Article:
Ají Picante (Colombian Hot Sauce)

This post is also available in Spanish

Colombian-Style Hot Sauce

Ají picante or Ají Piqué is a spicy sauce from my hometown Antioquia. We keep it in the refrigerator all year round. It is an absolute must for Colombian Empanadas and it is the perfect sauce to flavor soups, stews and the perfect dipping sauce for Patacones. Growing up in my house we used it in almost every dish my mom made and it is my dad’s favorite condiment.

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Ingredients

  • 1 seeded small hot pepper or 1 red habanero pepper
  • ½ cup white vinegar
  • ¼ cup water
  • ¼ teaspoon salt
  • 1 teaspoon sugar
  • 1 tablespoon lime juice
  • 2 tablespoons vegetable oil
  • ½ cup chopped fresh cilantro
  • ¼ cup chopped fresh parsley
  • ½ cup chopped scallions
  • ½ cup chopped tomato
  • Ají Picante or Colombian Hot Sauce

Directions

  1. Put the vinegar, water and habanero pepper in a blender for 2 minutes.
  2. Place the remaining ingredients in a bowl and stir to mix. Add the vinegar and habanero mix to the bowl and mix well.
  3. Pour in a glass jar and cover. Refrigerate up to 10 days.
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Comments

  1. Pam Daza says

    Thanks soooo much for these recipes!! I am a gringo married to a wonderful Colombiano! :) This sauce has become a staple in our home. My in-laws absolutely loved it too!! Thanks for affording me the opportunity to cook genuine Colombian food for my family! :)

  2. Maria Mabel says

    Erica,
    I am glad I found your website. Thank you for taking your time to add links to the products, I am going to cook the empanadas tomorrow, sounds like a better alternative than to pay $2 per each at my local restaurant.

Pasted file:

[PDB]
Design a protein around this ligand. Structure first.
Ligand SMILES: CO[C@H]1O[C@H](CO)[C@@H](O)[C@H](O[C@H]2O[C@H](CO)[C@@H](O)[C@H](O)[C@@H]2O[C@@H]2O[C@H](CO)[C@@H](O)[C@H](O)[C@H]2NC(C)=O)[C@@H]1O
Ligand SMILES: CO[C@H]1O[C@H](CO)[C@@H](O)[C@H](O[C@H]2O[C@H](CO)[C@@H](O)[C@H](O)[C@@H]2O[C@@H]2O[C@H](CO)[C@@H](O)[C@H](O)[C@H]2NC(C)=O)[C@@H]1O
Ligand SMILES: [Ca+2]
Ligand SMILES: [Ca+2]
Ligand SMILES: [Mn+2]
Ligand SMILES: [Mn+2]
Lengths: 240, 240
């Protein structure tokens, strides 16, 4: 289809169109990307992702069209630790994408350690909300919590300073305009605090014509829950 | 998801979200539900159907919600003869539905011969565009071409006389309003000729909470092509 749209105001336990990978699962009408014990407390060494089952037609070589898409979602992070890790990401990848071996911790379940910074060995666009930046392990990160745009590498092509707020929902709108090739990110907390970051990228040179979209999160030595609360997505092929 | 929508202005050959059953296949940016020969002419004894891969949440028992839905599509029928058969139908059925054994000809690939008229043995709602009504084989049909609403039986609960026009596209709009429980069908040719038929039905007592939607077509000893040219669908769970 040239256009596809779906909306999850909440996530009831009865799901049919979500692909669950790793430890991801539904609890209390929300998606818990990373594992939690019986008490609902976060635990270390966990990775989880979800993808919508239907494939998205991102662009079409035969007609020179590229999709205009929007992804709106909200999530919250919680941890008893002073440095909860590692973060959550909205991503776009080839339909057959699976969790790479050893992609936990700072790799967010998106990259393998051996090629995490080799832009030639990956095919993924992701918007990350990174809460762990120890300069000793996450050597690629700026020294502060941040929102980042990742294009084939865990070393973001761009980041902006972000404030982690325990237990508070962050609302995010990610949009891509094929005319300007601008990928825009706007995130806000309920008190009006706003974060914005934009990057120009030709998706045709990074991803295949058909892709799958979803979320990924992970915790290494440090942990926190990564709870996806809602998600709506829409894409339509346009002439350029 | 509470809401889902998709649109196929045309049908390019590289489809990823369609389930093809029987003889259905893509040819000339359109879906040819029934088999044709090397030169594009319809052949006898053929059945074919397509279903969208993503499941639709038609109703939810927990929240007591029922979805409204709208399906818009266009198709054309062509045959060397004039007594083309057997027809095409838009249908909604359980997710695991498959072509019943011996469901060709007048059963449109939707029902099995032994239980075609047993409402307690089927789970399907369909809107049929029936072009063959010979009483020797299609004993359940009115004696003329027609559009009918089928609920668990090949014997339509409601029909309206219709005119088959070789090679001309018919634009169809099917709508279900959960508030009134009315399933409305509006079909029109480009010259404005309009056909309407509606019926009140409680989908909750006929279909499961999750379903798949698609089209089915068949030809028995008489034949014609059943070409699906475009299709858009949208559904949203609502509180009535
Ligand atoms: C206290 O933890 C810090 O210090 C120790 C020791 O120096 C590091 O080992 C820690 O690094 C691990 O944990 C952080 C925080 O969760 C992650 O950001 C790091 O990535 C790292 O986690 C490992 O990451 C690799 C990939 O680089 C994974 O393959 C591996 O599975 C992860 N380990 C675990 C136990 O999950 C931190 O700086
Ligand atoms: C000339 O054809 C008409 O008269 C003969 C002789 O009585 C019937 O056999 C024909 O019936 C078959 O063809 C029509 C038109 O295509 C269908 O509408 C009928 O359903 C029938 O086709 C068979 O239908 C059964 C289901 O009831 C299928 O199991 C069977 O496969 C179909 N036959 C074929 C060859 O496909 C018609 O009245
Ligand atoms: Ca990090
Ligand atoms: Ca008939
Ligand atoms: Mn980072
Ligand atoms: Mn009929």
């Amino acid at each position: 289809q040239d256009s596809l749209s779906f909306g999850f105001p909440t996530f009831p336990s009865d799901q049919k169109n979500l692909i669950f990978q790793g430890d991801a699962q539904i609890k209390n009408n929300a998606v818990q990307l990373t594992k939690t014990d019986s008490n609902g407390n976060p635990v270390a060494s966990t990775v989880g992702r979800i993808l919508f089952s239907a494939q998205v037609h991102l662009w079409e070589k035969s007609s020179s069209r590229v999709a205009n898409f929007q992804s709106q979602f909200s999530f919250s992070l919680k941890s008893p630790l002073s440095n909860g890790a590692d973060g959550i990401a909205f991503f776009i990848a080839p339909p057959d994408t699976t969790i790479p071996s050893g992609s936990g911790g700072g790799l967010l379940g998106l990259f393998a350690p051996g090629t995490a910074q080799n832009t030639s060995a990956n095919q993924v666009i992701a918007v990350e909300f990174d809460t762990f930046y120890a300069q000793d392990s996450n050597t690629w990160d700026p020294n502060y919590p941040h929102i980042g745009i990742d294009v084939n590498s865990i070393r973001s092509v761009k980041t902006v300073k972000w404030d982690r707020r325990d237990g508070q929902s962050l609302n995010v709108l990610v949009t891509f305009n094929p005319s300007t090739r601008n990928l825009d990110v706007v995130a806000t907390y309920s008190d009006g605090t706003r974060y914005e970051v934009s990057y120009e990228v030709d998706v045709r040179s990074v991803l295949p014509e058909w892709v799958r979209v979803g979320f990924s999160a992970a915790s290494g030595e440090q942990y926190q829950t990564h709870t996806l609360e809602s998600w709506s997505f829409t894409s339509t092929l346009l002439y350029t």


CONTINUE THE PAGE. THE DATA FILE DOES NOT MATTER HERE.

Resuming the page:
Two requests: Recipe for “Papa Chorreada”, and adding a “Print Version” to the recipes.

  3. danielle says

    my boyfriend is Colombian and I went to visit him in the summer. i have been looking for an aji recipe for a long time. im so glad i finally found one!

  4. Rocio says

    Thanks so much for sharing this recipe, I too has been wanting to know how to do it, I’m Colombian and my husband is american but he loves empanadas with the aji sauce!

  5. Jason H. says

    Thanks, Erica! I travel with a gentleman from Colombia periodically and we invariably end up at a Colombian restaurant (if we can find one) while we’re on the road. I’ve become addicted to the Bandeja Paisa, but it’s this sauce that I’ve been trying to get for a few years. Of the places we’ve visited, no one is willing to share the recipe. I’d give you a huge hug if I could, thank you!!!

  6. alexa says

    oh my gosh thank u so much for these wonderful recipes… im married to a very demanding colombian and you have truly helped me alot. you must be a wonderful cook erica! take care and thank you soooooo much ;)
    your awesome!

  7. Samantha says

    Thanks so much for all of your wonderful recipes Erica! My boyfriend is the happiest Colombian you will ever meet now. He is from Bogota. Of course, I cant cook it exactly like he used to have of his mothers cooking in Colombia, but still the same, he says it is amazingly precise! He tells me how much it reminds him of home and its all thanks to you! Thanks so much for giving us the true Colombian recipes!

  8. arlene says

    thank you – this is perfect aji! my husband lived in colombia for 5yrs (i visited over a dozen times) and this reminded me EXACTLY of the aji i loved and enjoyed so much!
    i made it 3 times this week!!!

  9. LeeAn Kahriger says

    Wow!!!! This is soo good. I know it will be a staple in my house. Can not thank you enough for all your work on this website.

  10. Lori says

    I have been searching for this aji for months to enjoy with my Colombian novio and was delighted to find a recipe for it. Thanks so much!!

  11. Diana Lopez says

    I couldn’t find habanero peppers so I made it with a jalapeno instead. It wasn’t as spicy but it was good enough. My husband thought it had too much vinegar but I thought it was just perfect.